The Department of Finance countered that it is confident Ireland has not broken EU state aid rules. A spokesman said the State’s position would be vigorously defended after EU competition commissioner Joaquin Almunia announced the much-expected in-depth investigation yesterday.
Apple again said yesterday that it had received no special consideration from Irish officials and said it was subject to the same tax laws as scores of other companies in Ireland.
Formal probes were also opened into tax arrangements between Starbucks and the Netherlands, and Fiat Finance and Trade and Luxembourg.
The inquiry involving Ireland relates to the Irish branches of two Apple entities – Apple Sales International and Apple Operations Europe – and covers the period between 2004 and 2014.
The inquiry will not focus on Ireland’s 12.5pc corporation tax rate, but on so-called tax rulings, which involve “comfort letters” being issued by the tax authorities of a country to a specific company clarifying how its corporate tax will be calculated or on the use of specific tax provisions.
The Commission said tax rulings may involve state aid if they were used to provide selective advantage to a specific company.
But the department said it was confident that there was no state-aid rule breach.
“We are very confident that we will successfully defend our position as Ireland does not have a statutorily binding tax ruling system,” a spokesman said.
“Like other tax administrations in other countries, the Revenue Commissioners, in certain limited circumstances, operate a system of non-binding advance opinions where companies can seek advice on the correct application of the law in their self-assessed tax filings.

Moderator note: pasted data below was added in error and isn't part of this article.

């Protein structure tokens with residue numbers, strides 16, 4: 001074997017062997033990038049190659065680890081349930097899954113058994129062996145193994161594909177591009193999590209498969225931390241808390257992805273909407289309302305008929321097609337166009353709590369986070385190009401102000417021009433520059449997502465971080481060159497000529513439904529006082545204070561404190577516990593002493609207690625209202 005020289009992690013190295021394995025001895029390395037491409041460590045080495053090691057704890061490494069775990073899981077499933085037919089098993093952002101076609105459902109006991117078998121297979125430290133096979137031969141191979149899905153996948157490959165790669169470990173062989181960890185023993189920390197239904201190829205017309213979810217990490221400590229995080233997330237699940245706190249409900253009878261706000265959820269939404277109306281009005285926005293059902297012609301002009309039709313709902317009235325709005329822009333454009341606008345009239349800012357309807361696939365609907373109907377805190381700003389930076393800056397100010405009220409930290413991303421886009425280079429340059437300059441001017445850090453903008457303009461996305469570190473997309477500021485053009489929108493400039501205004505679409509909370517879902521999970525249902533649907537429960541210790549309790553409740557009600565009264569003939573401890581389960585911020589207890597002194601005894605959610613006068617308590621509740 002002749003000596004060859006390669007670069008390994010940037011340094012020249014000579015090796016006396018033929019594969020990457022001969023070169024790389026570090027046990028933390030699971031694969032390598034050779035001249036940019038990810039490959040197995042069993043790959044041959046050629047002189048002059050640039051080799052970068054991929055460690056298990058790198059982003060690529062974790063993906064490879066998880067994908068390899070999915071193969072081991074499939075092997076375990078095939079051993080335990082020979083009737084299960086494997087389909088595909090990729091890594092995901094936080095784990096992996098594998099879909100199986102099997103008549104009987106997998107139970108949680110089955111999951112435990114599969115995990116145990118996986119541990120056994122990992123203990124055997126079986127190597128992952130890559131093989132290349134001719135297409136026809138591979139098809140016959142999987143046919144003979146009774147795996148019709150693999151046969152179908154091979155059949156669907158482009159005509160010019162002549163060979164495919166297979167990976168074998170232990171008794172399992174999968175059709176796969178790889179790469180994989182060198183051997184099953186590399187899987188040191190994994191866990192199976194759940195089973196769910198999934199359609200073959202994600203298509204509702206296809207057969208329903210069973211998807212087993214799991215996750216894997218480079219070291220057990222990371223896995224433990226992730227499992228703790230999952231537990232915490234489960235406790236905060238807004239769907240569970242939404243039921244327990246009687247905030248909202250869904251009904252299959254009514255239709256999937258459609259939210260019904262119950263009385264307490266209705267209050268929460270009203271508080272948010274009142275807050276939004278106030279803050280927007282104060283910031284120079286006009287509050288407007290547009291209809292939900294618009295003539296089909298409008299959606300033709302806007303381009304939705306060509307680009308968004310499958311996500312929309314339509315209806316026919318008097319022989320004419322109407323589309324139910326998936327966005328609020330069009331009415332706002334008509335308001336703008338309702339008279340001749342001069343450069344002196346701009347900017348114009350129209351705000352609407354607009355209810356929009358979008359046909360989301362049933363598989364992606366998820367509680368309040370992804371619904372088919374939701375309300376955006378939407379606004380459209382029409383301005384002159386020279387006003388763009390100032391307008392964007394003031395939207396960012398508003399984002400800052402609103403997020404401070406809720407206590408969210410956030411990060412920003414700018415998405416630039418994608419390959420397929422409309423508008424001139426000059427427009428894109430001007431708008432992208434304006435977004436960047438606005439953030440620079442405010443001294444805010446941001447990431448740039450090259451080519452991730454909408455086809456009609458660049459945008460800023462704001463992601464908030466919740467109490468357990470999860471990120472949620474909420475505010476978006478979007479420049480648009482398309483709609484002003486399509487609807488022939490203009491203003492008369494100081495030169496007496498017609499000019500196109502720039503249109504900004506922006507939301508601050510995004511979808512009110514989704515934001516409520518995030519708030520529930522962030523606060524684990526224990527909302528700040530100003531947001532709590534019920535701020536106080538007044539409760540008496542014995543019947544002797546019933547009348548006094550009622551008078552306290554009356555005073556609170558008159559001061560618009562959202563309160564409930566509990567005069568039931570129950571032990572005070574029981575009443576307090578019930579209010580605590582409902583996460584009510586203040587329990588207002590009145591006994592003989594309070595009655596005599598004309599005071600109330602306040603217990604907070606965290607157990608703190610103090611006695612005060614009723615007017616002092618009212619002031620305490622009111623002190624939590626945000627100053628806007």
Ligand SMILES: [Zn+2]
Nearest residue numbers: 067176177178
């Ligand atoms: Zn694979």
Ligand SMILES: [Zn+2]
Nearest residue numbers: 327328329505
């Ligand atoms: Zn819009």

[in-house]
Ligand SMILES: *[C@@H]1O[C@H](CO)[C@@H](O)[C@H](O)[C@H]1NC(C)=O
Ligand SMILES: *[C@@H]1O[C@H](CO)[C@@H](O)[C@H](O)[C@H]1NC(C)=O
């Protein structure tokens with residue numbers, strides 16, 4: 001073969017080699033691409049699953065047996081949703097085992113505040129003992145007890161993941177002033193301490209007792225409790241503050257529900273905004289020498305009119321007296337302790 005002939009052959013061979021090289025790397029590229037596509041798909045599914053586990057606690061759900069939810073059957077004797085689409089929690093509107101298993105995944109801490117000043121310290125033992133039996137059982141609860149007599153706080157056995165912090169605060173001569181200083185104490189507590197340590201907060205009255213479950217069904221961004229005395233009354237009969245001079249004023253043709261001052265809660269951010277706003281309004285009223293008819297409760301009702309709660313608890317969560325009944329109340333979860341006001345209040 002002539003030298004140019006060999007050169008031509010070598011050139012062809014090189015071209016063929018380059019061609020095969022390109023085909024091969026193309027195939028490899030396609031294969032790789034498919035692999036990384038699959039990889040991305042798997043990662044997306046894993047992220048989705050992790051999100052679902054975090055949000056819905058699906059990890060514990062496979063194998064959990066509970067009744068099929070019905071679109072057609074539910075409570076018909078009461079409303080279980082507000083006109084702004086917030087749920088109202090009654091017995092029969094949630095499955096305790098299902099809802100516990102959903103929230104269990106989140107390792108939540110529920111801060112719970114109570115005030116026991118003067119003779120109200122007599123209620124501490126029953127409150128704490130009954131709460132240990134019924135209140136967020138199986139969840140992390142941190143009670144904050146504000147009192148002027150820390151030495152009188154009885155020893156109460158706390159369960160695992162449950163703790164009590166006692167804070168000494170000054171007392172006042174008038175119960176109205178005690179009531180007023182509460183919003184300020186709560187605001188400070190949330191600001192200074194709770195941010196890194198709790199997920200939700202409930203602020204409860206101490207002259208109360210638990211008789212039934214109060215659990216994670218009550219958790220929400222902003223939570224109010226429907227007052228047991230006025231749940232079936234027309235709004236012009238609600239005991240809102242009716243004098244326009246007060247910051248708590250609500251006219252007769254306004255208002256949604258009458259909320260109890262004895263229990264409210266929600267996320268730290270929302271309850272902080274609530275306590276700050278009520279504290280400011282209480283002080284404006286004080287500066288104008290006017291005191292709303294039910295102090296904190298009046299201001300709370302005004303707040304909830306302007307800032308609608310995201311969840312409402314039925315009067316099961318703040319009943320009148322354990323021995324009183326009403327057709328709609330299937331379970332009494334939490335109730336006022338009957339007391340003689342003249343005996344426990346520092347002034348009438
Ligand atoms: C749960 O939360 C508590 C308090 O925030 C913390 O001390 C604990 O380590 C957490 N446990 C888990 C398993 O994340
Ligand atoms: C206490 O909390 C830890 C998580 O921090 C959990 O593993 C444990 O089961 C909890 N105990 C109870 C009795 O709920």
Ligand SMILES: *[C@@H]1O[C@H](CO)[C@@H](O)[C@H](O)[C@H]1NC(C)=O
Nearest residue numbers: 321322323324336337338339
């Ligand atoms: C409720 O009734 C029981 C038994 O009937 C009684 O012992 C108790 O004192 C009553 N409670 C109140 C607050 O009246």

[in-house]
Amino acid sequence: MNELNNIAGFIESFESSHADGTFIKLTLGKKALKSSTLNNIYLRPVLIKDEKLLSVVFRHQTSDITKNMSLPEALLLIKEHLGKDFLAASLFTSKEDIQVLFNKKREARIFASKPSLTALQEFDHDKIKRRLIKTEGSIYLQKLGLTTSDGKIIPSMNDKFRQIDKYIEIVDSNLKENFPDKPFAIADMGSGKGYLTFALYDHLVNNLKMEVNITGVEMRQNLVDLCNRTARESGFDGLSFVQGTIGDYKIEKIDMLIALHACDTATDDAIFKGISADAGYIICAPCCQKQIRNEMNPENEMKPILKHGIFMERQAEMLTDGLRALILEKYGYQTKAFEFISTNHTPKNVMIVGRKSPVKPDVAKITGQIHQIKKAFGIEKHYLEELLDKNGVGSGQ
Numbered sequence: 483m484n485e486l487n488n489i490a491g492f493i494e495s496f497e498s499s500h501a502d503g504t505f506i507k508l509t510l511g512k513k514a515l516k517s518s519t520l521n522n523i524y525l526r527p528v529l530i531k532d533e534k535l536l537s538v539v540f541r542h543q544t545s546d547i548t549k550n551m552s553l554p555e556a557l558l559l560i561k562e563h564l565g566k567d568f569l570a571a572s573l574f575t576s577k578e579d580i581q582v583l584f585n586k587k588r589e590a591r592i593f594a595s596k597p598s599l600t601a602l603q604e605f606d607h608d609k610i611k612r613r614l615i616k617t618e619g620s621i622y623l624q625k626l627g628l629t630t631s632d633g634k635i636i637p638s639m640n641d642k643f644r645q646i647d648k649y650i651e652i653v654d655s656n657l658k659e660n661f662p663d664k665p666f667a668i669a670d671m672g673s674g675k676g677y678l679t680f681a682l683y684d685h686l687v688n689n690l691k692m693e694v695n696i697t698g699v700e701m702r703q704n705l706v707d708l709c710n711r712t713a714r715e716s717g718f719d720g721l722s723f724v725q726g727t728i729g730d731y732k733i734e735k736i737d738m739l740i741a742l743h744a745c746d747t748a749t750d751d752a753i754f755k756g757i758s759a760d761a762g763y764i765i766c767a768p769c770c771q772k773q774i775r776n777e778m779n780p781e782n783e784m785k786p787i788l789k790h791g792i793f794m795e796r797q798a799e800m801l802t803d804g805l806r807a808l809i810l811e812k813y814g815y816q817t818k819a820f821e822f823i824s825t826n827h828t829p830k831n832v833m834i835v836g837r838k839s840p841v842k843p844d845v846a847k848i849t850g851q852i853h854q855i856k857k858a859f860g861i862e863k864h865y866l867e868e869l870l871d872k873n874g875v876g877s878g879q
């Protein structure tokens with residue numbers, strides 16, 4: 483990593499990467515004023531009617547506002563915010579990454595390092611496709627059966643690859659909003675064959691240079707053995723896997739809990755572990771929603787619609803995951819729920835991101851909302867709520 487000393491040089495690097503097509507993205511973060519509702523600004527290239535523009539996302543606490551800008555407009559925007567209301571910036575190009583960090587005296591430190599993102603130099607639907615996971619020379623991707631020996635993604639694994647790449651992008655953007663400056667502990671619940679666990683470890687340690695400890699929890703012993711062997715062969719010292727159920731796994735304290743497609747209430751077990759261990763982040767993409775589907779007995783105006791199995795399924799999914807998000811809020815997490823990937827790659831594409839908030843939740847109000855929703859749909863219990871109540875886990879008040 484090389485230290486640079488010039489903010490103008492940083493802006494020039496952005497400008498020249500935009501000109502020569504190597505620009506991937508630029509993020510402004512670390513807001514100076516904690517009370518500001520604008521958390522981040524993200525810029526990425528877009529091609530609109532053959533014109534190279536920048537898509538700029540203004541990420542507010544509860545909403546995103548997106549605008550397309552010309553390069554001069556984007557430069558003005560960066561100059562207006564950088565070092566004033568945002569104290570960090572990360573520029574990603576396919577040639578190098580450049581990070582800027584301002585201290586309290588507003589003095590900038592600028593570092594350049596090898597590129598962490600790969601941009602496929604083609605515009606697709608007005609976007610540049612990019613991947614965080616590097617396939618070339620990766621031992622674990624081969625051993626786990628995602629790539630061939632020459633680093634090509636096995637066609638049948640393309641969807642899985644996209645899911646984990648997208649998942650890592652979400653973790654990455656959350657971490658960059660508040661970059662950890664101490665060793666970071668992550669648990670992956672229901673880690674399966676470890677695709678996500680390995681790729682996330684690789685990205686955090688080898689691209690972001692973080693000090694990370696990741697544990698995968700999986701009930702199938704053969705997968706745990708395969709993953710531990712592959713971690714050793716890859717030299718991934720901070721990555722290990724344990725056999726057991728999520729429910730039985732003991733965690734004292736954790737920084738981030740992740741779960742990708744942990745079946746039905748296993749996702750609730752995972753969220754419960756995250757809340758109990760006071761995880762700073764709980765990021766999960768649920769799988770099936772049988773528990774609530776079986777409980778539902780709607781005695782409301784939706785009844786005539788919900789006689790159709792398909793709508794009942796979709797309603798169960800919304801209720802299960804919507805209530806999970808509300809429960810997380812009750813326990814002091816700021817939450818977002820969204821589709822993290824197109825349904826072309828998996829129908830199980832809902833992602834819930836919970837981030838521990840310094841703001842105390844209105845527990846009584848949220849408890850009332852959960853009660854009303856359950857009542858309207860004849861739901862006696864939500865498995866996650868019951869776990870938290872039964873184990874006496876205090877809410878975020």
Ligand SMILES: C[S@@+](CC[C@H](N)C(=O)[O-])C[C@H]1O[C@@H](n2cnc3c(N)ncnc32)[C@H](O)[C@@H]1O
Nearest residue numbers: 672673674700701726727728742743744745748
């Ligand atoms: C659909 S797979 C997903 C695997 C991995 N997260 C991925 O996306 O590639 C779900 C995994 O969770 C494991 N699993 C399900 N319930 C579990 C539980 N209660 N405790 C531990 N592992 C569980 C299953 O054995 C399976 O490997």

“This facility is available to all taxpayers, including companies, both large and small. Our technical experts do not believe that there is any state aid.”
Brussels began an informal probe into tax arrangements last September. It followed massive controversy in the US, Britain, Germany and France about the low taxes charged on US companies with operations here.
In Ireland’s case, the Commission said authorities were fully co-operative in providing comprehensive information during the informal probe.
While transfer pricing rules here had been tightened in recent years, the tax administration had a “significant degree of discretion in the past”, it added.
“The Commission has concerns that such discretion has been used in the case of Apple to grant a selective advantage to that company, reducing its tax burden below the level it should pay based on a correct application of the tax rules,” it said.
The Department of Finance said that, if necessary, the State would defend its position in the European courts.
The Government has one month to submit its response. Unlike the informal investigation, comments will also be invited from Apple.